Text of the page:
Who would you convince?

I have one time served on a jury, which was for a civil case. An introvert who has interest in people, I usually pay attention to council communication style before I size up the evidence.

Those who work with me, who help me feel comfortable and clear with the information are who I will most readily be influenced by. Those who don’t care about me or don’t care that I understand their logic have just shot themselves in the foot.

And I am not alone here. I recall swaying two thirds of a jury to come full circle the other way. It took only 2 others to support my ideas before it happened.


Of late I have observed two attorney presentation styles while watching a case presented in Common Pleas Court.

The prosecuting attorney, in my best language, is detestable. His arrogant, looking-down-his-nose-on-others disposition created disrespect in almost vulgar ways. When speaking, this tall, thin, well-couffed individual belied his appearance, while making sparse eye contact and resounding throughout the courtroom. He wanted all present to know his voice could bounce off walls, jarring his well-thought phrases into our minds. His movements were measured, deliberate and planned. His focus, quite frankly, was on himself.

On the other hand, the unkempt, disheveled defense attorney, pathetically out-performed 3-1 in team members present and struggling with vocal support was quite the underdog. His ammunition was sparse up against the army of prosecution soldiers. He often displayed exasperation, which almost lost him the jurists’ attention. But his heart was in the case. Evident through his argument in defense of his client as well as with the witnesses he brought to the stand, the defense attorney, despite his many presentational flaws, had my vote.

Although I am not serving on the jury, I watched individual jurists closely from the public pews and determined several to have my communication style – the most qualified to be positioned as the turning point catalyst in debate. Passive aggressives may not be the first out of the box with their opinion and ideas. But they will be the most influential based on their poise, their strength of engagement and their persistence.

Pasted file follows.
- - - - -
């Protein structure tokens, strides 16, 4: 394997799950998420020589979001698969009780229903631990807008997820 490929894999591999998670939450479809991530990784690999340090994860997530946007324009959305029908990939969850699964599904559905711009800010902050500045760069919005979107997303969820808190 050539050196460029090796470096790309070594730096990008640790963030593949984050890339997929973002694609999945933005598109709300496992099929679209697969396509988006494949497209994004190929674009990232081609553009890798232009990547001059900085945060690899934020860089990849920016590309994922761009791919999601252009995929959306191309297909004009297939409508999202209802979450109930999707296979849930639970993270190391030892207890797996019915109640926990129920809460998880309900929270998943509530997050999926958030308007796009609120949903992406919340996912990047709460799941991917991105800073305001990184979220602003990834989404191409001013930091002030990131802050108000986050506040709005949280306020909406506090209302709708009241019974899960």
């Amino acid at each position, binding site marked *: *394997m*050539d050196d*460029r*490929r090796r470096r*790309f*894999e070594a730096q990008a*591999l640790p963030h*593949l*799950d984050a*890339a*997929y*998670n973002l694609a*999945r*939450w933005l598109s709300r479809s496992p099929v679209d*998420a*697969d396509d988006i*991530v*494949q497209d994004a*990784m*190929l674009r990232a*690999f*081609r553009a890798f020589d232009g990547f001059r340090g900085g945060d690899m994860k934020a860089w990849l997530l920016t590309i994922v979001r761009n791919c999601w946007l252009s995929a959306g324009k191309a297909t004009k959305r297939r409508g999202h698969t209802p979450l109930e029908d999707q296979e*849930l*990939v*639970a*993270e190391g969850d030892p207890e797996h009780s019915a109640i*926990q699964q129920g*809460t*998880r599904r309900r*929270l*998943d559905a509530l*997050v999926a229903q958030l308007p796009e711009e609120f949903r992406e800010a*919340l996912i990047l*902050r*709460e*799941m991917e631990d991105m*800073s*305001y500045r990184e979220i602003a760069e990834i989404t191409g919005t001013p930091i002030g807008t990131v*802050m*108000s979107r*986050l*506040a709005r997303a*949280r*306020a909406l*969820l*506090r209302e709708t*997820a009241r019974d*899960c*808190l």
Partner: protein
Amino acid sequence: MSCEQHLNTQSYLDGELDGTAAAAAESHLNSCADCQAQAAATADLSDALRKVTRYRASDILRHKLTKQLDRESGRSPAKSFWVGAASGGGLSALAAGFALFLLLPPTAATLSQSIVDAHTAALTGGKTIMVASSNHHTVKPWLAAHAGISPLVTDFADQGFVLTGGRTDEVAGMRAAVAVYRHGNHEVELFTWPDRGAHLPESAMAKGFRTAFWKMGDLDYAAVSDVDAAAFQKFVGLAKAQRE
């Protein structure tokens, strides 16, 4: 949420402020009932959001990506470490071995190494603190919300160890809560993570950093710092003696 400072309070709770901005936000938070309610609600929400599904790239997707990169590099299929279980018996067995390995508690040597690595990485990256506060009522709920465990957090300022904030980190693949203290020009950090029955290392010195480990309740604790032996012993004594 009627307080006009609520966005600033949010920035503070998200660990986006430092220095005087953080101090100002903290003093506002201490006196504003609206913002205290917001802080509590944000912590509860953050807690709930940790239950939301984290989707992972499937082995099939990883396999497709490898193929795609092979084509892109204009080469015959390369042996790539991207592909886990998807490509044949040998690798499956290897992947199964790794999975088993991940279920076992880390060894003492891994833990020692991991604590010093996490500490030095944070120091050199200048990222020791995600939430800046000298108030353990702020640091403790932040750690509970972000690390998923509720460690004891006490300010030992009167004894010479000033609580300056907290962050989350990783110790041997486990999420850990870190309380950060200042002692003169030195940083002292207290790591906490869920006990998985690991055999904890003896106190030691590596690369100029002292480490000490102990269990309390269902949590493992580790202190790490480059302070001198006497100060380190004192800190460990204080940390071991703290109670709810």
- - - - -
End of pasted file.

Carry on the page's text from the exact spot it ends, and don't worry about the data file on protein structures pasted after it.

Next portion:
Several of these jurists were taking notes, studying the communicators, squinting to shield themselves or getting caught up in the emotion while covering their mouths. I saw five who would sway the argument in the jury deliberation room. To what degree would they succeed? Only time will tell, for the case is now in their hands.

Did the prosecution even notice? No. They seldom paid attention to the jury – only the weaknesses of the defense. Or themselves. Was this noticed by the jury? Perhaps. I noticed it. Chances are pretty good those like me did as well. Will they speak up? If they have strength of character they will. I hope they do.

Attorneys with heart may not be as revered in law circles as those with intelligence. Yet the jury connects with emotional intelligence. The jury is made up of everyday folks who don’t understand legaleze, who prefer to have respect and who want to do the right thing, having a heart for the underdog.

Attorneys, who would you convince by your presentational style?

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On March 14th, 2012, posted in: heart, jury, presentation style by